Food and Drug Administration, HHS.
The Food and Drug Administration (FDA) is announcing that a proposed collection of information has been submitted to the Office of Management and Budget (OMB) for review and clearance under the Paperwork Reduction Act of 1995.
Fax written comments on the collection of information by December 15, 2005.
OMB is still experiencing significant delays in the regular mail, including first class and express mail, and messenger deliveries are not being accepted. To ensure that comments on the information collection are received, OMB recommends that comments be faxed to the Office of Information and Regulatory Affairs, OMB, Attn: Fumie Yokota, Desk Officer for FDA, FAX: 202-395-6974.Start Further Info
FOR FURTHER INFORMATION CONTACT:
Peggy Robbins, Office of Management Programs (HFA-250), Food and Drug Administration, 5600 Fishers Lane, Rockville, MD 20857, 301-827-1223.End Further Info End Preamble Start Supplemental Information
In compliance with 44 U.S.C. 3507, FDA has submitted the following proposed collection of information to OMB for review and clearance.
Record Retention Requirements for the Soy Protein and Risk of Coronary Heart Disease Health Claim—21 CFR 101.82(c)(2)(ii)(B) (OMB Control Number 0910-0428)—Extension
Section 403(r)(3)(A)(i) of the Federal Food, Drug, and Cosmetic Act (21 U.S.C. 343(r)(3)(A)(i)) provides for the use of food label statements characterizing a relationship of any nutrient of the type required to be in the label or labeling of the food to a disease or a health related condition only where that statement meets the requirements of the regulations issued by the Secretary of Health and Human Services to authorize the use of such a health claim. Section 101.82 (21 CFR 101.82) of FDA's regulations authorizes a health claim for food labels about soy protein and the risk of coronary heart disease. To bear the soy protein/coronary heart disease health claim, foods must contain at least 6.25 grams of soy protein per reference amount customarily consumed. Analytical methods for measuring total protein can be used to quantify the Start Printed Page 69345amount of soy protein in foods that contain soy as the sole source of protein. However, at the present time there is no validated analytical methodology available to quantify the amount of soy protein in foods that contain other sources of protein. For these latter foods, FDA must rely on information known only to the manufacturer to assess compliance with the requirement that the food contain the qualifying amount of soy protein. Thus, FDA requires manufacturers to have and keep records to substantiate the amount of soy protein in a food that bears the health claim and contains sources of protein other than soy, and to make such records available to appropriate regulatory officials upon written request. The information collected includes nutrient data bases or analyses, recipes or formulations, purchase orders for ingredients, or any other information that reasonably substantiates the ratio of soy protein to total protein.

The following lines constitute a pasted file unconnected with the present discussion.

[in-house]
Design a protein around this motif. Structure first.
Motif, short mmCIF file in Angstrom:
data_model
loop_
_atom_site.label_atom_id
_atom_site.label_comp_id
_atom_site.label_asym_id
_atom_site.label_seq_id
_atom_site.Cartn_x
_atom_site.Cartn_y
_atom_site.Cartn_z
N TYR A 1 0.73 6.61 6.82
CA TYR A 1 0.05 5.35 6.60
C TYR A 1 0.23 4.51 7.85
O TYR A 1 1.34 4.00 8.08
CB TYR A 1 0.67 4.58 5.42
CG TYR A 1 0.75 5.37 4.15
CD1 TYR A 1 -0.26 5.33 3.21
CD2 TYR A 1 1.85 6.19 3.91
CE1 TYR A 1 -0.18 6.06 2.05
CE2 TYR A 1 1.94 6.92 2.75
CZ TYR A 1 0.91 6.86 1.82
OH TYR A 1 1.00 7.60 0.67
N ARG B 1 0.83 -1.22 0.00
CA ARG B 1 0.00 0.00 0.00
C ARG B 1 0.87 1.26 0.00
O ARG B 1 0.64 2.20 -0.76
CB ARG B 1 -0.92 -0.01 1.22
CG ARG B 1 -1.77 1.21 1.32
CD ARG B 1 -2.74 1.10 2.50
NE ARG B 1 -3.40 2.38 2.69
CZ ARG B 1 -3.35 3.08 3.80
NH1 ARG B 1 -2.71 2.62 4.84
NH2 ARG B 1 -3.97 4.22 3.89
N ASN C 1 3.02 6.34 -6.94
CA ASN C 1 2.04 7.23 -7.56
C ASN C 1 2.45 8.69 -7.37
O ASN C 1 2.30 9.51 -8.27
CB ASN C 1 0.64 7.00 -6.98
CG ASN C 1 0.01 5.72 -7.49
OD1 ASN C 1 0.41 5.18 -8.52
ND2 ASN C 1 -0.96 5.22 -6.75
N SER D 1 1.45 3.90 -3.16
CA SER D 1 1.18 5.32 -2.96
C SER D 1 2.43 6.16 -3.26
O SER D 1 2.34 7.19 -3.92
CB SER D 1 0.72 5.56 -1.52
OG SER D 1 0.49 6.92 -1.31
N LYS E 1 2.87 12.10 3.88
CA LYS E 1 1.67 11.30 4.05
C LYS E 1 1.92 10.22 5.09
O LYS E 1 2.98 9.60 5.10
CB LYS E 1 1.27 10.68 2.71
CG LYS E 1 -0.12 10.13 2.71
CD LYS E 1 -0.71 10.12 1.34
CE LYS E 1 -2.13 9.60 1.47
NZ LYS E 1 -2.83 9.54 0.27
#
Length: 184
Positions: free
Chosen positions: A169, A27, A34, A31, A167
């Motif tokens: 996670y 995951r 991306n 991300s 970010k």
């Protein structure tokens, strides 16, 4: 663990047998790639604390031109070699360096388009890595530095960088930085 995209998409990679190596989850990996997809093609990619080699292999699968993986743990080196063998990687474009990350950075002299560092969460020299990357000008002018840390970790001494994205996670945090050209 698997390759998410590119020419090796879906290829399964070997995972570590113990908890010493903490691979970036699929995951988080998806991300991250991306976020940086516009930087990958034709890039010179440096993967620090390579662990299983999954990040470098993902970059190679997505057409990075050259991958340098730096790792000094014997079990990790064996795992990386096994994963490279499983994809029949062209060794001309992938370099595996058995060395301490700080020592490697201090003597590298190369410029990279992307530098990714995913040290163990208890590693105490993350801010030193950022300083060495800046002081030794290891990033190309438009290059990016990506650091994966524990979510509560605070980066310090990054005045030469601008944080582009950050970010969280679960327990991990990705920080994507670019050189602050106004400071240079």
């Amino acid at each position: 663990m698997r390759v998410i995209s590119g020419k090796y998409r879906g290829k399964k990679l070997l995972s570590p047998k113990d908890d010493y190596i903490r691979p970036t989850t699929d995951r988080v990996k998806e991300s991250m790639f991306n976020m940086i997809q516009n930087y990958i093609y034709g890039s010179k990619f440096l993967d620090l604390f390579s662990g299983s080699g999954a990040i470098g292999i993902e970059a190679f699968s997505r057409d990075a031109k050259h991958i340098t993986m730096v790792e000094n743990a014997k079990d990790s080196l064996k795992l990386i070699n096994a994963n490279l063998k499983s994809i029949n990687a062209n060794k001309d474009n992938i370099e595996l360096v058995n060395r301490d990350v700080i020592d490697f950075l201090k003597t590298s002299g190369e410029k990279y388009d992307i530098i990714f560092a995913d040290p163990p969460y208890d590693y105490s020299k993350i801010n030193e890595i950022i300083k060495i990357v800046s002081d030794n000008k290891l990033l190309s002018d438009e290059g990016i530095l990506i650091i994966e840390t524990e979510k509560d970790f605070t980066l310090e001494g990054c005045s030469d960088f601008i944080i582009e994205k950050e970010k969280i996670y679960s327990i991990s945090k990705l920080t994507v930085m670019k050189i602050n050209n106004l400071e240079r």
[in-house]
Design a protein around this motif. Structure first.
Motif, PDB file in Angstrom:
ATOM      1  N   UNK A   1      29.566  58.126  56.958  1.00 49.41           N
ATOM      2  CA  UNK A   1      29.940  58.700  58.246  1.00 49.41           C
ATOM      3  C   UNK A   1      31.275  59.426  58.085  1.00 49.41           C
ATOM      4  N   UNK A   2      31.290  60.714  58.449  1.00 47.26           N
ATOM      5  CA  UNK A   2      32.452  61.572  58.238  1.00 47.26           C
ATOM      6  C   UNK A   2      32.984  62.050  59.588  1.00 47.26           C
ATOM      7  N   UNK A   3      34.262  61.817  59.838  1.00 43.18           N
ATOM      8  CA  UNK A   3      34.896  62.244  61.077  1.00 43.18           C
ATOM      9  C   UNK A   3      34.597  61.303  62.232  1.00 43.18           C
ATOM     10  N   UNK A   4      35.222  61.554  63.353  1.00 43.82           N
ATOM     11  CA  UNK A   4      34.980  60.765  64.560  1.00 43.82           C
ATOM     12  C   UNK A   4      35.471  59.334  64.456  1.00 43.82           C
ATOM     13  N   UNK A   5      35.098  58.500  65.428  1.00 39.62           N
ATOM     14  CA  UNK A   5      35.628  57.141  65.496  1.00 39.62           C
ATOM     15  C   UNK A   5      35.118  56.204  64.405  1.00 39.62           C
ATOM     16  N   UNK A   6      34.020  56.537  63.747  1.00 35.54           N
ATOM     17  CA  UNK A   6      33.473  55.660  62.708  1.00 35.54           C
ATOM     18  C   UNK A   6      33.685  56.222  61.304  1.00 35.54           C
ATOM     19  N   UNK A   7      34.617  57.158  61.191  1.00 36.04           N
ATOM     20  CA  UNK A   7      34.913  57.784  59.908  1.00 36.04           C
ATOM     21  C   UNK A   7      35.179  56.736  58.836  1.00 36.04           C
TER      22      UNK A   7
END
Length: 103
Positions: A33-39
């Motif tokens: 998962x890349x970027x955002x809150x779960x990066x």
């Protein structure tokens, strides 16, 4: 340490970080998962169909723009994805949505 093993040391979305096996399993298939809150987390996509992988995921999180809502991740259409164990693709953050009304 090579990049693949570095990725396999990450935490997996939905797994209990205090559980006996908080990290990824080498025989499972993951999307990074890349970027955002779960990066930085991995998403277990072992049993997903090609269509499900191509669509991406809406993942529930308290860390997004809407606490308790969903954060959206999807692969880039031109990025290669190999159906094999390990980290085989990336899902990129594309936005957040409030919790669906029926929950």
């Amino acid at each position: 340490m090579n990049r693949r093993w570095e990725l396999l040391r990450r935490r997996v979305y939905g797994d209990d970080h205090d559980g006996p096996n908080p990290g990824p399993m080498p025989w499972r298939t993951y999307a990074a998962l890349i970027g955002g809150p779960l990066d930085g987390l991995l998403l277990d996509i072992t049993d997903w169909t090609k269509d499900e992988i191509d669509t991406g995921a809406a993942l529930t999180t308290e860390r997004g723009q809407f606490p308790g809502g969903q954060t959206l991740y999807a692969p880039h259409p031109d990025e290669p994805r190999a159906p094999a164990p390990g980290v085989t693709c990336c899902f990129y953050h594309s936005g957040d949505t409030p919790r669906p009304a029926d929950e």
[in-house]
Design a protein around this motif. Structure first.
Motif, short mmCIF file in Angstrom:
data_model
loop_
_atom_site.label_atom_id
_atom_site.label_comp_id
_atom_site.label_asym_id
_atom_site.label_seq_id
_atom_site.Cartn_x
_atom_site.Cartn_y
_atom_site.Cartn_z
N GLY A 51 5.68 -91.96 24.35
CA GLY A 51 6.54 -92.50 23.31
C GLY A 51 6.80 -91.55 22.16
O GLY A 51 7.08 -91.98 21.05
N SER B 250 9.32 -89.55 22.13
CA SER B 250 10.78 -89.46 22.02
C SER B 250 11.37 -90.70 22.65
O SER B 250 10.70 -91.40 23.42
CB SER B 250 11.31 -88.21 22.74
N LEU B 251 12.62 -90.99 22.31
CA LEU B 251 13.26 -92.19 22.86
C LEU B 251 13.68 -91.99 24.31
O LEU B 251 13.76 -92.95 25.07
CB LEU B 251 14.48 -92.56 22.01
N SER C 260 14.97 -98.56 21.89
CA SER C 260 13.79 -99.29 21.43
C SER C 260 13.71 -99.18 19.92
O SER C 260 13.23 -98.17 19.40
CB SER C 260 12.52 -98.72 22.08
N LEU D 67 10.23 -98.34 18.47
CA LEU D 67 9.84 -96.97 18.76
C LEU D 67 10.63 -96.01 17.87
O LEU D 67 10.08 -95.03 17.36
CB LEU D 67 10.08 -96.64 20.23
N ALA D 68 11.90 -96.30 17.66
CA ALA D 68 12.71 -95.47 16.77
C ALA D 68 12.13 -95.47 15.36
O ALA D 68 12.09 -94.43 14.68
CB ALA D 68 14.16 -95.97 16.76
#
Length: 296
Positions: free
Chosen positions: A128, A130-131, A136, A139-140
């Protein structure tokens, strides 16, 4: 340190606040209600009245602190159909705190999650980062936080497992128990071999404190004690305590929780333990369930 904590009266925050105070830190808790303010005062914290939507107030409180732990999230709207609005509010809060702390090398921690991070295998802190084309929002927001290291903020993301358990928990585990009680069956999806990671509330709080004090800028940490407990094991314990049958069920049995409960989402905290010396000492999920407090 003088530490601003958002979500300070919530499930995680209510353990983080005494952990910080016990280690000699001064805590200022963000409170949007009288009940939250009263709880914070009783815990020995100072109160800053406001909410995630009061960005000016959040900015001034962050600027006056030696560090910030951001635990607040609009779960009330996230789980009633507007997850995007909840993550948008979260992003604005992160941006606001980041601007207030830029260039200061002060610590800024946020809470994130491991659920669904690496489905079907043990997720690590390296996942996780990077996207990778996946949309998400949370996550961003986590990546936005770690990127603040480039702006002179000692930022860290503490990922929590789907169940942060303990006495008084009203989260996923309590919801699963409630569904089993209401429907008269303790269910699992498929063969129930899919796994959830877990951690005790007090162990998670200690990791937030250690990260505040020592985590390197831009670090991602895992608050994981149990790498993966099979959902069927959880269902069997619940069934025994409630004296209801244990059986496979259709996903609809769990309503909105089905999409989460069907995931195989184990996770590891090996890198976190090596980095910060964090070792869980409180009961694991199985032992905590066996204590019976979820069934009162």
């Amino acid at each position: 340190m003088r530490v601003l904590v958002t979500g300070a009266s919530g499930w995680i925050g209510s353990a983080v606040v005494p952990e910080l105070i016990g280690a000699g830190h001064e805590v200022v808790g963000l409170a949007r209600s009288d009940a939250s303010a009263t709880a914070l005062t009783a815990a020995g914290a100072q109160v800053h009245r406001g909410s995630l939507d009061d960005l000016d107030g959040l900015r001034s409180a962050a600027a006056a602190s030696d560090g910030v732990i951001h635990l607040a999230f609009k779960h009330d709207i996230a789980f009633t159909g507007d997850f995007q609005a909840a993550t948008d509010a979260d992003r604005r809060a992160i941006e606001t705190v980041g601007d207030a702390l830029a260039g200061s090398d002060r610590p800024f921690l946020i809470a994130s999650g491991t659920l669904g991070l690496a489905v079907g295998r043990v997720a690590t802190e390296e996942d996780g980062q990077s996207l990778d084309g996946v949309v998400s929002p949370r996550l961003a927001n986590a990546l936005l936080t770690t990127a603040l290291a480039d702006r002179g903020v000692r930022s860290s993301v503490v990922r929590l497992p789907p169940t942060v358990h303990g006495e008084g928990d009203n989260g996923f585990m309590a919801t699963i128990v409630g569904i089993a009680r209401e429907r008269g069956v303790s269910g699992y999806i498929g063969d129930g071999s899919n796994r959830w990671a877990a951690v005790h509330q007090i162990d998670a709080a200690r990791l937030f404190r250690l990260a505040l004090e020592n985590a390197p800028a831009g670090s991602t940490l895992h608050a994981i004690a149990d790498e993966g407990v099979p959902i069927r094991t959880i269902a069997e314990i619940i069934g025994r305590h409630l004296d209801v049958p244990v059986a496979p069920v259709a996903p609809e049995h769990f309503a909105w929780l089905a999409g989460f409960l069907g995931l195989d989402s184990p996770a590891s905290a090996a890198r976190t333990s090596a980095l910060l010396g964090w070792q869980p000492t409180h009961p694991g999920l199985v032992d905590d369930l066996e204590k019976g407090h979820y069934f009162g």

In the Federal Register of August 23, 2005 (70 FR 49295), FDA published a 60-day notice requesting public comment on the information collection provisions. One comment was received that was not related to the information collection.
FDA estimates the burden of the collection of information as follows:
|21 CFR section||Number of respondents||Annual frequency per response||Total annual responses||Hours per response||Total hours|
|1 There are no capital costs or operating and maintenance costs associated with this collection of information.|
Based upon its experience with the use of health claims, FDA estimates that only about 25 firms would be likely to market products bearing a soy protein/coronary heart disease health claim and that only, perhaps, one of each firm's products might contain nonsoy sources of protein along with soy protein. The records required to be retained by § 101.82(c)(2)(ii)(B) are the records, e.g., the formulation or recipe, that a manufacturer has and maintains as a normal course of its doing business. Thus, the burden to the food manufacturer is that involved in assembling and providing the records to appropriate regulatory officials for review or copying.Start Signature
Dated: November 8, 2005.
Assistant Commissioner for Policy.
[FR Doc. 05-22636 Filed 11-14-05; 8:45 am]
BILLING CODE 4160-01-S